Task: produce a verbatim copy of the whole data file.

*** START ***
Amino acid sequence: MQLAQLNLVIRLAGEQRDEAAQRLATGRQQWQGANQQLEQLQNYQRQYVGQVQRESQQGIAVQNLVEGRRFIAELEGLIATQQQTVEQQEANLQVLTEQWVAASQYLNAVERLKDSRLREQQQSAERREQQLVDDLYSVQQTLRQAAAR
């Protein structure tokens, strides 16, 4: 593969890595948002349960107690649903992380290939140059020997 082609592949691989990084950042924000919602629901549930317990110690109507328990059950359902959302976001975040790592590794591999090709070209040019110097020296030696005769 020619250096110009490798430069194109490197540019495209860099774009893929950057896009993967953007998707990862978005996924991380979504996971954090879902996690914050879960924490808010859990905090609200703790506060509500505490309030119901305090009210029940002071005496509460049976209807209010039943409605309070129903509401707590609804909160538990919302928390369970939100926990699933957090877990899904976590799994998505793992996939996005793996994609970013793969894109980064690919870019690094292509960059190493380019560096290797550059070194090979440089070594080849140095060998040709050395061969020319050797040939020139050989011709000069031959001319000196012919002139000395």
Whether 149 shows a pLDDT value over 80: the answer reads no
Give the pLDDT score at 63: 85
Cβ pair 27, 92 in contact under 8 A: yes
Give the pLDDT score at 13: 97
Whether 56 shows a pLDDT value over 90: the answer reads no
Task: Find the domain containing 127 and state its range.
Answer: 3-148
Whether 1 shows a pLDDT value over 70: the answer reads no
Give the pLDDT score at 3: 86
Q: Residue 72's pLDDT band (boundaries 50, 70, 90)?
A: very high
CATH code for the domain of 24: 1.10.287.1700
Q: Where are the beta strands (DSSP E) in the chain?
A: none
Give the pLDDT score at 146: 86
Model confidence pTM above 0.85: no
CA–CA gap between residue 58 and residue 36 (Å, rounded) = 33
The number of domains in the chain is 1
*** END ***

Amino acid sequence: MQLAQLNLVIRLAGEQRDEAAQRLATGRQQWQGANQQLEQLQNYQRQYVGQVQRESQQGIAVQNLVEGRRFIAELEGLIATQQQTVEQQEANLQVLTEQWVAASQYLNAVERLKDSRLREQQQSAERREQQLVDDLYSVQQTLRQAAAR
């Protein structure tokens, strides 16, 4: 593969890595948002349960107690649903992380290939140059020997 082609592949691989990084950042924000919602629901549930317990110690109507328990059950359902959302976001975040790592590794591999090709070209040019110097020296030696005769 020619250096110009490798430069194109490197540019495209860099774009893929950057896009993967953007998707990862978005996924991380979504996971954090879902996690914050879960924490808010859990905090609200703790506060509500505490309030119901305090009210029940002071005496509460049976209807209010039943409605309070129903509401707590609804909160538990919302928390369970939100926990699933957090877990899904976590799994998505793992996939996005793996994609970013793969894109980064690919870019690094292509960059190493380019560096290797550059070194090979440089070594080849140095060998040709050395061969020319050797040939020139050989011709000069031959001319000196012919002139000395």
Whether 149 shows a pLDDT value over 80: the answer reads no
Give the pLDDT score at 63: 85
Cβ pair 27, 92 in contact under 8 A: yes
Give the pLDDT score at 13: 97
Whether 56 shows a pLDDT value over 90: the answer reads no
Task: Find the domain containing 127 and state its range.
Answer: 3-148
Whether 1 shows a pLDDT value over 70: the answer reads no
Give the pLDDT score at 3: 86
Q: Residue 72's pLDDT band (boundaries 50, 70, 90)?
A: very high
CATH code for the domain of 24: 1.10.287.1700
Q: Where are the beta strands (DSSP E) in the chain?
A: none
Give the pLDDT score at 146: 86
Model confidence pTM above 0.85: no
CA–CA gap between residue 58 and residue 36 (Å, rounded) = 33
The number of domains in the chain is 1